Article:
In an apparent move to ease tensions in Gaza with a gesture toward unity in the Palestinian liberation movement and efforts to garner support from Gulf Arab states and Egypt, Hamas released a new charter Monday that takes a softer stance on negotiations with Israel while still backing the right of oppressed peoples to wage armed resistance.
The new statement accepts a future Palestinian state based on 1967 borders in the West Bank and Gaza Strip, a longstanding goal of its main political rival within the Palestinian Liberation Organization, the Fatah movement, led by Palestinian Authority President Mahmoud Abbas.
While it continues to refuse to recognize the apartheid state of Israel, it has distinguished between the group’s objection to Zionism rather than Jewish people.
It will also cut off its association with the Muslim Brotherhood, as Gulf Arab states and Egypt both label the Brotherhood as a terrorist organization.
“For Hamas … it’s a signal of their desire to align with conservative Sunni elements in the region and create some immunity,” Beverley Milton-Edwards, a visiting fellow at the Brookings Doha Centre and author of a book on Hamas, told Reuters.
Israeli authorities, however, rebuked the news, highlighting that while the PLO’s more radical wing is willing to take steps toward peace, Israel continues to insist on maintaining a hostile stance toward the occupied territories and a potential peace process.
“Hamas is attempting to fool the world but it will not succeed,” said David Keyes, a spokesman for Israeli Prime Minister Benjamin Netanyahu.
The rift between Hamas and the PA began when Hamas wrested control of the Gaza Strip from the Palestinian Authority in 2007.
However, in January under a Russia-brokered deal, Fatah and Hamas formed a national unity government. The non-official Russian-mediated talks in Moscow began with the goal of restoring “the unity of the Palestinian people.” Representatives from Fatah, Hamas, Islamic Jihad and other factions were present at the meetings.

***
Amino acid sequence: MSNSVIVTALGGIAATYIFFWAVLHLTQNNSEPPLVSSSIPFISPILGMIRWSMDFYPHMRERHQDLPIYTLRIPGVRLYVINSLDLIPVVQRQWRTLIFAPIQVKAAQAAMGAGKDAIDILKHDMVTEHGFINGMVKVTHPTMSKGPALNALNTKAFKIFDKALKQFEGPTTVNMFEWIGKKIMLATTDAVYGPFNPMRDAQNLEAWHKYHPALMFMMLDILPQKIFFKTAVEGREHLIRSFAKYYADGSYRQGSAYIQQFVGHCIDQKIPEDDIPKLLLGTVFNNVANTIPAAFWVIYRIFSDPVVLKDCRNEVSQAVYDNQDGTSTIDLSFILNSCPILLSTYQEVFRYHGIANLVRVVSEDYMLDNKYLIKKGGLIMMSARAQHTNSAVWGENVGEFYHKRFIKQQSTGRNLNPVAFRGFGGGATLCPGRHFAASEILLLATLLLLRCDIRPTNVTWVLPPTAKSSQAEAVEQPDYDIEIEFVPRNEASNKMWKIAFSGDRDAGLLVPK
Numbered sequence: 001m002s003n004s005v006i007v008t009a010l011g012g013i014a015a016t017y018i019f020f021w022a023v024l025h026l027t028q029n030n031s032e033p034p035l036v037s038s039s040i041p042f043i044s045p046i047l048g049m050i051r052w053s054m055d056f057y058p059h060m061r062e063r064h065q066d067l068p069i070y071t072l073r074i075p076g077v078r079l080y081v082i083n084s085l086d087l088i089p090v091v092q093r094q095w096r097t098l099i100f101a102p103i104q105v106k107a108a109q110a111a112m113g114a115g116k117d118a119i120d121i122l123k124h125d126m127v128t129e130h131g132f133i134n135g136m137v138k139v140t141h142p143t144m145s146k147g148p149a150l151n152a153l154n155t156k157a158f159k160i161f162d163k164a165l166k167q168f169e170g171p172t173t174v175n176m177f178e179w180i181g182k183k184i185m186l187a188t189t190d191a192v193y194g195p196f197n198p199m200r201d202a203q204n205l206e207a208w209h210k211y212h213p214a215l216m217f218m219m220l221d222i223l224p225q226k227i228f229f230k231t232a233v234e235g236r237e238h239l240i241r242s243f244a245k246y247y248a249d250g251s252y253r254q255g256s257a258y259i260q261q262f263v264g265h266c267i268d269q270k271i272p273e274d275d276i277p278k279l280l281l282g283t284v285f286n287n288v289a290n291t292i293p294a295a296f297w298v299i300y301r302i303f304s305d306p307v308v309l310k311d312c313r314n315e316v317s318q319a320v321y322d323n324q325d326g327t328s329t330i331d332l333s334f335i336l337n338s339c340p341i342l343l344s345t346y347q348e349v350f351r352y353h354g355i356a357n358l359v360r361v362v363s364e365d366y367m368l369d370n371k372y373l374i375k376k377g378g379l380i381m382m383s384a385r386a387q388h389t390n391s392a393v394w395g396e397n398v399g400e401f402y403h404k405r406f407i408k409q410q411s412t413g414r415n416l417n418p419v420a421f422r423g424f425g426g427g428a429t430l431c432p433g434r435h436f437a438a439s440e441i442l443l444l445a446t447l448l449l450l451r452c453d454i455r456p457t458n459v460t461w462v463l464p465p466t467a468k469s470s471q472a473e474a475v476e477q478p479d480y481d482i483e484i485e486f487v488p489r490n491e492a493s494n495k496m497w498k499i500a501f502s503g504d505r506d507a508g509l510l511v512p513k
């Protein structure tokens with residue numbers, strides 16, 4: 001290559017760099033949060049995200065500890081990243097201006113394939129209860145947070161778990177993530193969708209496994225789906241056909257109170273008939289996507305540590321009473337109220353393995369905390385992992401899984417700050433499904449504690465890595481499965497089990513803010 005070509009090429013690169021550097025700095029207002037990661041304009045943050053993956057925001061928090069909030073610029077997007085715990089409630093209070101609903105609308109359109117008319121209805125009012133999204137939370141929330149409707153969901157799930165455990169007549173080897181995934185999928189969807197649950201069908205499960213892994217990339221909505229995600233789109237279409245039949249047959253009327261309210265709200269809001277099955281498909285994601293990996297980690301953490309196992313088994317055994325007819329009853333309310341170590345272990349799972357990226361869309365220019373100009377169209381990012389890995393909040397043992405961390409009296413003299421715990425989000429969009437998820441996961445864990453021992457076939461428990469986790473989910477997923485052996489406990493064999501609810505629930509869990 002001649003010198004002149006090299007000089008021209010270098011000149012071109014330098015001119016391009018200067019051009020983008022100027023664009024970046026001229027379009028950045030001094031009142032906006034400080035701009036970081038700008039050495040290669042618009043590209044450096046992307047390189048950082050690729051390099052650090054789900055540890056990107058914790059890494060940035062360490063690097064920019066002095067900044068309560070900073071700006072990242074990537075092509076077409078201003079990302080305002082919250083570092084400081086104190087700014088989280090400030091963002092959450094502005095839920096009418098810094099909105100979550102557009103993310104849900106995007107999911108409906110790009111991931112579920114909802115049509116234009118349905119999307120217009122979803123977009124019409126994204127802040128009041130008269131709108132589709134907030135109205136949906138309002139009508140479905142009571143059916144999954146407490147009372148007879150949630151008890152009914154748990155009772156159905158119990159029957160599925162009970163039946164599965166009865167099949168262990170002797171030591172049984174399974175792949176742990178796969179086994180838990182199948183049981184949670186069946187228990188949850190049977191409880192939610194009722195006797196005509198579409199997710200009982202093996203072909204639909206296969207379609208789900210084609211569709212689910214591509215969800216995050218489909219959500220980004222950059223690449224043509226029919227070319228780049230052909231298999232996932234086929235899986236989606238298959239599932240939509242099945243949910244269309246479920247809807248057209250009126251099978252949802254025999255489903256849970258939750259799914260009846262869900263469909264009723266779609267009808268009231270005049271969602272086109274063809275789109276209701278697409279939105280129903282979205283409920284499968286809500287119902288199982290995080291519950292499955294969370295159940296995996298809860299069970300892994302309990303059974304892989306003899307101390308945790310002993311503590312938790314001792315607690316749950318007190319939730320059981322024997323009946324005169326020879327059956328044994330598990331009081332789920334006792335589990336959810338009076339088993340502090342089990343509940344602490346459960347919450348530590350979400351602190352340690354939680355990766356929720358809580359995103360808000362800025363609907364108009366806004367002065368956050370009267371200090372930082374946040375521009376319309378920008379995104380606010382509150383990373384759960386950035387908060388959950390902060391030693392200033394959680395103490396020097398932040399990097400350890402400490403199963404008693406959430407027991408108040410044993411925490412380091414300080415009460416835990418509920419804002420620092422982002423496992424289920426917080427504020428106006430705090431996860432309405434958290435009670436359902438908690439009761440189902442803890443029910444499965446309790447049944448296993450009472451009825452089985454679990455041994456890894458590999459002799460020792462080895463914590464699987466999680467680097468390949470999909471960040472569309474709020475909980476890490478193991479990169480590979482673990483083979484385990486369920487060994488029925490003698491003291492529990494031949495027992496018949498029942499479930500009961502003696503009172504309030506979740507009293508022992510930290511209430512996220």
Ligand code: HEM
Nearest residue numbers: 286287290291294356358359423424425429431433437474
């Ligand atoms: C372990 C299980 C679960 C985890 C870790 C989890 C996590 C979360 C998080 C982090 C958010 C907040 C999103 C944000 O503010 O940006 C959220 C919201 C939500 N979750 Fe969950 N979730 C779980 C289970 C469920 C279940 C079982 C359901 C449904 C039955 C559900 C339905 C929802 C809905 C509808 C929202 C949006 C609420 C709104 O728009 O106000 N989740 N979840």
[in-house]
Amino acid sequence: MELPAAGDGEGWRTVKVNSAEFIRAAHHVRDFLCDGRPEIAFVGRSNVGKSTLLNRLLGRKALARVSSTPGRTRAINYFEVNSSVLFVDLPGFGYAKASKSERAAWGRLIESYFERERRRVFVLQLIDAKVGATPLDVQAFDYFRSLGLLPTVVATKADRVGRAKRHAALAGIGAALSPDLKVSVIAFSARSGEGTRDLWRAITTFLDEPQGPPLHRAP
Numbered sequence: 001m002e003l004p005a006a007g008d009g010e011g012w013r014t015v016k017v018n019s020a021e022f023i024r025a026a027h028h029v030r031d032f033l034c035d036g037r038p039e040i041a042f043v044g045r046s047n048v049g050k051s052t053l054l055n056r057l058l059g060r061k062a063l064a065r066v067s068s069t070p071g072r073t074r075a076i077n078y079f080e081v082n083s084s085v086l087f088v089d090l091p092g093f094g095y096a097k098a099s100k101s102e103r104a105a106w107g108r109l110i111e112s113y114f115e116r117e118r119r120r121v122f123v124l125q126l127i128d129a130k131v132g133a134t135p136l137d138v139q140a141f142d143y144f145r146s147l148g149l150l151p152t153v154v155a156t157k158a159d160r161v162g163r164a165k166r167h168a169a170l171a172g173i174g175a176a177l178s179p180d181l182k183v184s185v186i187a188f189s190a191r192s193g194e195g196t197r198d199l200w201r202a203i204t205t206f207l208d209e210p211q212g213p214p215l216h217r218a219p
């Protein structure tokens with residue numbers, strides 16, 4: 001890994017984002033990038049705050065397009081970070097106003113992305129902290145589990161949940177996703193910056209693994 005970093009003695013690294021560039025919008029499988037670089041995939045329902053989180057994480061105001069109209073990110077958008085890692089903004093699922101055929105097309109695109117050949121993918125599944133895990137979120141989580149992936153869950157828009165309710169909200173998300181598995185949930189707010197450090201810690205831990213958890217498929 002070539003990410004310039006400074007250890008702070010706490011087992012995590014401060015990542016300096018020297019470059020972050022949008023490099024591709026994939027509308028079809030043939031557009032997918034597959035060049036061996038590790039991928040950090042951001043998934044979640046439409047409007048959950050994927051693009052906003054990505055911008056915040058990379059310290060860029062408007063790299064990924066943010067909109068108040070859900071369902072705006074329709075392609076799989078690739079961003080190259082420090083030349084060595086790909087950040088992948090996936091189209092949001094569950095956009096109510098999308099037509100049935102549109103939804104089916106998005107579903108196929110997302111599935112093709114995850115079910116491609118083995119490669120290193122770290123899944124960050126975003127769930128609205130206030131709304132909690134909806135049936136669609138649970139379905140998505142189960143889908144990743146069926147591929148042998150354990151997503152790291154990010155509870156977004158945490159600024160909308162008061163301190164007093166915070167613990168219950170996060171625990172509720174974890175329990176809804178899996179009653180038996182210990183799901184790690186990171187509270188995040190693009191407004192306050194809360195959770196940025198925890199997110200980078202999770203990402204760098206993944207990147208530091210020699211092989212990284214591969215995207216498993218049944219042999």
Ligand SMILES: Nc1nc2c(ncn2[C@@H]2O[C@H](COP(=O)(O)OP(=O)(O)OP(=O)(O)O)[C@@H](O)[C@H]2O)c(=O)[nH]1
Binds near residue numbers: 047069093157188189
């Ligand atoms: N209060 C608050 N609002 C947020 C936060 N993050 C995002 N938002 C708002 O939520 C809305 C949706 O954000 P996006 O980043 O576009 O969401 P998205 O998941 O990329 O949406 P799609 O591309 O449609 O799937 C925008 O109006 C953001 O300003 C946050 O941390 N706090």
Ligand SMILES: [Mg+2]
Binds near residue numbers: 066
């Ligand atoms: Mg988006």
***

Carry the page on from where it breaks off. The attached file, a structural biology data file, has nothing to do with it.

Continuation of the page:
The first article of the new charter states that Hamas is a “Palestinian Islamic national liberation and resistance movement” that champions the fight to “liberate Palestine and confront the Zionist project.”
Live Updates: Workers March Across the World for May Day
In 1886, workers took to the streets across the United States to protest poor and unfair working conditions. International Workers’ Day came about after the Haymarket massacre in Chicago, where workers striking for a shorter work week were met with lethal repression.
Since then, most of the world marks May 1 as a day for workers to take to the streets to mark gains and also make demands. From Melbourne to Havana, London to Santiago, Kinshasa to Los Angeles, protesters will be marching in force.
Dialogue Not Interference, Says Ralph Gonsalves on Venezuela
In an exclusive interview with teleSUR, Ralph Gonsalves, Prime Minister of San Vicente and Grenadines, threw his support behind the government in neighboring Venezuela and slamming the approach of the Organization of American States, or OAS.
“According to the international law and the treaty with which the OAS was established, there are no conditions in Venezuela that demand interference,” said the Caribbean head of state and leader of the Unity Labour Party.
“There’s no mayhem or a humanitarian crisis of an extraordinary kind that justifies any international intervention.”
Gonsalves said opponents of Venezuela’s government have a right to protest, but must also comply with law and the rules of democracy.
“The most important demonstration is that takes place in the secret ballot and those protesters can protest within the law, you can’t break the law, that is elementary,” he added. “From the time, the Bolivarian republic was established, you have had more elections in Venezuela than in any other country in the western hemisphere and all these elections have been adjudged to be free and fair and reflecting the democratic will of the people.”
The Prime Minister of San Vicente and Grenadines urged dialogue instead of interventionism, saying, “Where you have a sharp conflict between the political forces in a democracy … have a conversation, a dialogue where you can improve relations until the time comes for elections or if there’s an agreement between both the sides to have an earlier elections, but the constitution has to be followed.”
Gonsalves labeled calls for regime change “absolutely ridiculous and absurd,” and said OAS head Luis Almagro had disappointed him.
“I voted for the secretary general because he was the foreign minister of “Pepe” of Uruguay, in fact, Venezuela said that he was a good man and see what happened now. We make mistakes sometimes.”
Gonsalves also accused Almagro of “mobilized the elements within the OAS against sovereignty, independence, democracy and people’s right to pursue their own path”.